Grouping the investment themes – a mental short cut

Grouping investment themes together is a mental short cut many investors take. We have seen many examples of such groups, e.g. Asian tigers, emerging markets, frontier markets, mid-cap stocks, suburban real estate, condos, precious metals, infrastructure stocks, BRIC countries, ICE stocks, unicorns (start-ups), e-com start ups – the examples galore.

In the process, all the individual investments are considered to be equally safe. In search of opportunities, investors often forget that the risks could be vastly different. Almost invariably, they land up with the investment options that appear to be “safe” only because these belong to a certain group or a club.

The truth is discovered much later.

By the time the realisation happens, many have highly concentrated portfolios with poor liquidity and high leverage – a lethal combination.

#RidingTheRollerCoaster – 178


The seeds of the crash are planted in times of the boom and vice versa

The proximate causes of these successive crisis are very different – emerging market debt problems, the new economy bubble, default on asset-backed securities, the political strains within Eurozone – yet the basic mechanism of all these crises is the same. They originate in some genuine change in the economic environment: the success of emerging economies, the development of the internet, innovation in financial instruments, the adoption of a common currency across Europe. Early spotters of these trends make profits. A herd mentality among traders attracts more and more people and money into the asset class concerned. Asset misplacing becomes acute, but prices are going up and traders are mostly making money.  …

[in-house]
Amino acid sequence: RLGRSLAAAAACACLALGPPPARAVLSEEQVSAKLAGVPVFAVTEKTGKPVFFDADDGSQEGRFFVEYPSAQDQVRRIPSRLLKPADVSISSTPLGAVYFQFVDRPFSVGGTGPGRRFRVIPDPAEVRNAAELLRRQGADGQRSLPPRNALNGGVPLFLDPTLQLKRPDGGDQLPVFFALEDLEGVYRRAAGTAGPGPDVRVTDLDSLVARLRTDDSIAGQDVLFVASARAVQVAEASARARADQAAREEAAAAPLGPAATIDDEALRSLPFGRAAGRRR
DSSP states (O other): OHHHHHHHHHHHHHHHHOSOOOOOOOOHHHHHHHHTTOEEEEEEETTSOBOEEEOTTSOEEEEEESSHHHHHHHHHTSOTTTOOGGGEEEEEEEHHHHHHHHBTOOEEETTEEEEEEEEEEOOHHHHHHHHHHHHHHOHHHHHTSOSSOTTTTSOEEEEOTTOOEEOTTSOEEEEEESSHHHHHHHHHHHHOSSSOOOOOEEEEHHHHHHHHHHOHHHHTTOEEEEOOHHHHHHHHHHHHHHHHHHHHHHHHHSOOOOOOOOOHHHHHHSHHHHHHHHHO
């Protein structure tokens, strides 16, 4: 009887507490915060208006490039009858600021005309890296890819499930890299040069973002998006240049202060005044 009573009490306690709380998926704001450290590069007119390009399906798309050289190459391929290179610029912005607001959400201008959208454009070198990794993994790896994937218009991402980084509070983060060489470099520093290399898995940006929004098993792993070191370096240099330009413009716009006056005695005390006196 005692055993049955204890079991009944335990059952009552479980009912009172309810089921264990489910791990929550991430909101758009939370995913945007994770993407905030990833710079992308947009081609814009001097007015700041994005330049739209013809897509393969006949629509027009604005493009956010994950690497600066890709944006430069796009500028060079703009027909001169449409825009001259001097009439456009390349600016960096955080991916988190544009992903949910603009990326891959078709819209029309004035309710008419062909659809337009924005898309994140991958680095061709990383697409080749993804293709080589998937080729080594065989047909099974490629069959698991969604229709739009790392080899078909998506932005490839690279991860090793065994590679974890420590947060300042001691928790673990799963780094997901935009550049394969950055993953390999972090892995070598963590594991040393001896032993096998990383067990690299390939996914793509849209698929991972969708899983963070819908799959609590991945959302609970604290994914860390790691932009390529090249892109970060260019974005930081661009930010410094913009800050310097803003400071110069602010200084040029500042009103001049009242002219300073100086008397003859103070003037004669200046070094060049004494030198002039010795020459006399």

… Yet reality cannot be deferred forever. the misplacing is corrected, leaving investors and institutions with large losses. Central banks and governments intervene, to protect the financial sector and to minimise the damage done to the non-financial economy. that cash and liquidity then provide the fuel for the next crisis in some different area of activity. successive crises have tended to be of increasing severity.

The above paragraphs have been taken from John Kay’s book “Other People’s Money – Masters of the Universe os Servants of the People”.

Different market cycles appear different, but there is a lot of similarity in each. I have written about the anatomy of a market cycle in the book “Riding The Roller Coaster – Lessons from financial market cycles we repeatedly forget” that echoes the above words to a great extent. If you observe, the parallels are often staring you in the eye. However, very often, we choose to ignore the signals.

The seeds of the crash are planted in times of the boom and vice versa. As Lord Krishna tells Arjun in the Bhagvad Geeta

Bhagvad geeta 2-27

#RidingTheRollerCoaster – 174